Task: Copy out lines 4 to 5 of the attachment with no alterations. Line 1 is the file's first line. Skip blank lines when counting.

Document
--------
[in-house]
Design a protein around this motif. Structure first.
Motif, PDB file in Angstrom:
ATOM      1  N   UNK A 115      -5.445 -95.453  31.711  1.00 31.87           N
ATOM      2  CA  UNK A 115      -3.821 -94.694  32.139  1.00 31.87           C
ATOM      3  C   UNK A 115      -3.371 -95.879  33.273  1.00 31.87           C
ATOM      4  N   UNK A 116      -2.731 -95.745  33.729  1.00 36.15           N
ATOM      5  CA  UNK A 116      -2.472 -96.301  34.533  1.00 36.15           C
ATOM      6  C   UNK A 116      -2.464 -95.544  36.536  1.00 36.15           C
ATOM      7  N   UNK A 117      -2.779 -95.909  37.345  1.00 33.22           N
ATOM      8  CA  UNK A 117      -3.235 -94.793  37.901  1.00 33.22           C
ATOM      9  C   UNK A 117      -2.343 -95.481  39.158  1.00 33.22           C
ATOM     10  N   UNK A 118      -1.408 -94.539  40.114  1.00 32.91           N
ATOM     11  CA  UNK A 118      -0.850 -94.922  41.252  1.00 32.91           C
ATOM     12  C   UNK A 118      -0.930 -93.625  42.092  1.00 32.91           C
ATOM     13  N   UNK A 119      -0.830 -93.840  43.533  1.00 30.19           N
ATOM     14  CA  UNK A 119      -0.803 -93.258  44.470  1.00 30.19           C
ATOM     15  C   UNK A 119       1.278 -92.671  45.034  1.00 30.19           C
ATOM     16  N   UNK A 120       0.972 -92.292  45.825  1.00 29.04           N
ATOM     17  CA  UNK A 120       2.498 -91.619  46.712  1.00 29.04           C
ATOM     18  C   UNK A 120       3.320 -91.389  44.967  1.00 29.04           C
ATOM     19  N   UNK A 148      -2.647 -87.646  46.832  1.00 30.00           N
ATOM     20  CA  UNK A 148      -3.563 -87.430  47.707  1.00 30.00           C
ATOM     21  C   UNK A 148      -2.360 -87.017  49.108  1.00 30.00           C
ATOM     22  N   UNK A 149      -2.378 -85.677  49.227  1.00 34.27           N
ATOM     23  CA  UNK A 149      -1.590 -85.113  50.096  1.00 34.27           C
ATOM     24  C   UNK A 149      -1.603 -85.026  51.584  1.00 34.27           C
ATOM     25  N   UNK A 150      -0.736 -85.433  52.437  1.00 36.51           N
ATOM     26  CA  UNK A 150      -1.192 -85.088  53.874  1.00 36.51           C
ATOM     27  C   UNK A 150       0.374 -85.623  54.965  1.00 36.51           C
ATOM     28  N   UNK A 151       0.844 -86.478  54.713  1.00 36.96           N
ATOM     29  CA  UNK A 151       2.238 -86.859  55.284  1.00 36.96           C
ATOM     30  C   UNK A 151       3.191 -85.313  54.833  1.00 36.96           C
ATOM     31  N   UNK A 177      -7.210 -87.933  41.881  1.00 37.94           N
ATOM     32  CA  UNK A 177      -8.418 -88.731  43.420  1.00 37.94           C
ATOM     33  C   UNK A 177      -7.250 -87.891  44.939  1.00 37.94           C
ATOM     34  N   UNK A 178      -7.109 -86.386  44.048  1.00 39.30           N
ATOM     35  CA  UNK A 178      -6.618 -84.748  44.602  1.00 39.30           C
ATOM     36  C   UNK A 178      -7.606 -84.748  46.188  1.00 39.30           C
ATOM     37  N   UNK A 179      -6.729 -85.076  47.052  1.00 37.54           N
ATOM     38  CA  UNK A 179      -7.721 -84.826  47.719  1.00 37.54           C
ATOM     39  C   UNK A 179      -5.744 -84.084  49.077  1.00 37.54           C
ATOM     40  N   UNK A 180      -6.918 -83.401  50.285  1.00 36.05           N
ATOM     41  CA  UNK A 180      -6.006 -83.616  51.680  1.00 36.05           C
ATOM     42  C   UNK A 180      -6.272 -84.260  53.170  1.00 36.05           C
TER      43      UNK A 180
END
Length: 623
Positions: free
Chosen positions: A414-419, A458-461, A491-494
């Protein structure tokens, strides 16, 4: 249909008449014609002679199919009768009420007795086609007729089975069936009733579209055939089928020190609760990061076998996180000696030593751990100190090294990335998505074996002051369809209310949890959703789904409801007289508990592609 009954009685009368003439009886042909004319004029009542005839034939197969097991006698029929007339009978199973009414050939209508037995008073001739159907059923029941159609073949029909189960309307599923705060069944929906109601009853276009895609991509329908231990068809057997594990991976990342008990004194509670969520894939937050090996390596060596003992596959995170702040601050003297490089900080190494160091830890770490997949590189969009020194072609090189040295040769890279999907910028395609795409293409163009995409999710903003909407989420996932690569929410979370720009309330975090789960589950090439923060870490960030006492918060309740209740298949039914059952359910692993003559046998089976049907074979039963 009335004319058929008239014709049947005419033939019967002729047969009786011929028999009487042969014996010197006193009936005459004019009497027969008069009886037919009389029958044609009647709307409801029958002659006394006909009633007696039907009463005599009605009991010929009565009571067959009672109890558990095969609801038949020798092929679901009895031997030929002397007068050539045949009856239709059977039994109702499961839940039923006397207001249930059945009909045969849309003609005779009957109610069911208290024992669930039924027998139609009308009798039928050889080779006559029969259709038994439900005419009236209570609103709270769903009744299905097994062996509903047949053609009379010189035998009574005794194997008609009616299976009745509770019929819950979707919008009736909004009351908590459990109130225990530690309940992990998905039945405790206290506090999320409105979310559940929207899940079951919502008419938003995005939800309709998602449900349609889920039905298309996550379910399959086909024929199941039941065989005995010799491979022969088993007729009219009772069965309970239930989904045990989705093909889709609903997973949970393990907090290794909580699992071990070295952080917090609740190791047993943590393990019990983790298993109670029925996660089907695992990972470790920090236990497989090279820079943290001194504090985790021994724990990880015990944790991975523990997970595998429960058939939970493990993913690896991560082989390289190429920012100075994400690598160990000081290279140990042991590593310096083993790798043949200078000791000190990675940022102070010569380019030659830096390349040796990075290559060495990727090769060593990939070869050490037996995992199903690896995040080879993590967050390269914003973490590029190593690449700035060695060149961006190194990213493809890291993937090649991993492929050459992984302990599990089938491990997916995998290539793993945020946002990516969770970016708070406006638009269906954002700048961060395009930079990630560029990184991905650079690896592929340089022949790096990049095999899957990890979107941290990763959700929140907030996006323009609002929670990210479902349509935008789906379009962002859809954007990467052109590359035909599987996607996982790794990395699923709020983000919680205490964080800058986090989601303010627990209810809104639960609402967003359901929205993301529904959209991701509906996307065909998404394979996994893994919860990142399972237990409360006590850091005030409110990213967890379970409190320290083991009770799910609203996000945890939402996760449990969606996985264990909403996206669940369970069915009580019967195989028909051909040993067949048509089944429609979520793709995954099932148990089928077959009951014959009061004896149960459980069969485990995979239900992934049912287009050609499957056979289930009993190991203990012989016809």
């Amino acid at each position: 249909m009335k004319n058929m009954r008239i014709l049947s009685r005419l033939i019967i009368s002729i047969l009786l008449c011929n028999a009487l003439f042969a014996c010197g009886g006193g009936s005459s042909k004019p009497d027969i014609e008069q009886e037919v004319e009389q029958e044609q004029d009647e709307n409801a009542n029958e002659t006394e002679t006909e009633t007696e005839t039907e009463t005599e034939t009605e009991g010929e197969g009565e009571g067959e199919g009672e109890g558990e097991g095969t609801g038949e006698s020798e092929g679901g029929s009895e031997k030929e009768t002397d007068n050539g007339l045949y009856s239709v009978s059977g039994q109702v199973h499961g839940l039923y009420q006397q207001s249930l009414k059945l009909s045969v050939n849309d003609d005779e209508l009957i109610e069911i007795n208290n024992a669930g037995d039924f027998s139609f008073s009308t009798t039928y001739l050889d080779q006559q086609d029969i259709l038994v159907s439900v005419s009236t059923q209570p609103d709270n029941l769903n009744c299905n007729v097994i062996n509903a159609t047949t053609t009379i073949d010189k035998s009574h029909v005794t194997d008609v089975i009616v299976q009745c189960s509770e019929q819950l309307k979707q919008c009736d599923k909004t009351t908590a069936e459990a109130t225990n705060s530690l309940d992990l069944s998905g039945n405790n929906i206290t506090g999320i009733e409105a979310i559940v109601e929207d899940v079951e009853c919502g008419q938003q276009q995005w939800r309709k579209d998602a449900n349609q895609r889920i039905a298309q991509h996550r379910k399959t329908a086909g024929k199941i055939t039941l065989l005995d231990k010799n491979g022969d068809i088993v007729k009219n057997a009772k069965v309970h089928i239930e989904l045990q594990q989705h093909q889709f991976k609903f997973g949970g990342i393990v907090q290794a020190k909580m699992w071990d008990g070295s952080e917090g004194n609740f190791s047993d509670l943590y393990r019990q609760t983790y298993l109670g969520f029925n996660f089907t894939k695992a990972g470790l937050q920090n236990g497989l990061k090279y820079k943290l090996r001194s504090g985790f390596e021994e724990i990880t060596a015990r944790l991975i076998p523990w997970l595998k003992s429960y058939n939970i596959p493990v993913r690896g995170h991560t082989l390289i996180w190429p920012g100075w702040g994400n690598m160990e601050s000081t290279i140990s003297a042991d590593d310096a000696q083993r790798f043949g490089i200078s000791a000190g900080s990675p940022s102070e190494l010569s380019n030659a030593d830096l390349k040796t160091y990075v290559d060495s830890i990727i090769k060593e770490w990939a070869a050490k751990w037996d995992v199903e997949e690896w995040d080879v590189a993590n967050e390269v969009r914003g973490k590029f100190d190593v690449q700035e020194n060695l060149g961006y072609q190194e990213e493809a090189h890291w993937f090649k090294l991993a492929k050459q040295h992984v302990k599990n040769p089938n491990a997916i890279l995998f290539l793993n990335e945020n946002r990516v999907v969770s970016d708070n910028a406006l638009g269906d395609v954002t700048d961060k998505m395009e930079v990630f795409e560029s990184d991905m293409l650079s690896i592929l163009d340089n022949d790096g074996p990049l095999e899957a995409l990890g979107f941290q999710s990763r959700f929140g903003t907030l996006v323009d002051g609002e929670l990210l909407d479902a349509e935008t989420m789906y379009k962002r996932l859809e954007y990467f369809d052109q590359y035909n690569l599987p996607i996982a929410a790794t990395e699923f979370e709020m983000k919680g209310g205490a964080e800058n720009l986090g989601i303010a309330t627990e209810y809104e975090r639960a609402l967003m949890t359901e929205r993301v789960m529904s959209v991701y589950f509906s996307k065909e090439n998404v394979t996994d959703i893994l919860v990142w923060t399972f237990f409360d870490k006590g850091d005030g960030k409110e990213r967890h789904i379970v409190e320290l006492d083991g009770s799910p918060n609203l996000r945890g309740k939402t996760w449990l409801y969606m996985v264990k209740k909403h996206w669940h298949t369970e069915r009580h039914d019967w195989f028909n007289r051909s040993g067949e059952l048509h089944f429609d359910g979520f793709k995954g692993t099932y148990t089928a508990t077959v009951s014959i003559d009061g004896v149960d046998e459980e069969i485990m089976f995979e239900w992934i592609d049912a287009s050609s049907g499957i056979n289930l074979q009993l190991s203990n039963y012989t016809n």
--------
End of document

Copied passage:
ATOM      1  N   UNK A 115      -5.445 -95.453  31.711  1.00 31.87           N
ATOM      2  CA  UNK A 115      -3.821 -94.694  32.139  1.00 31.87           C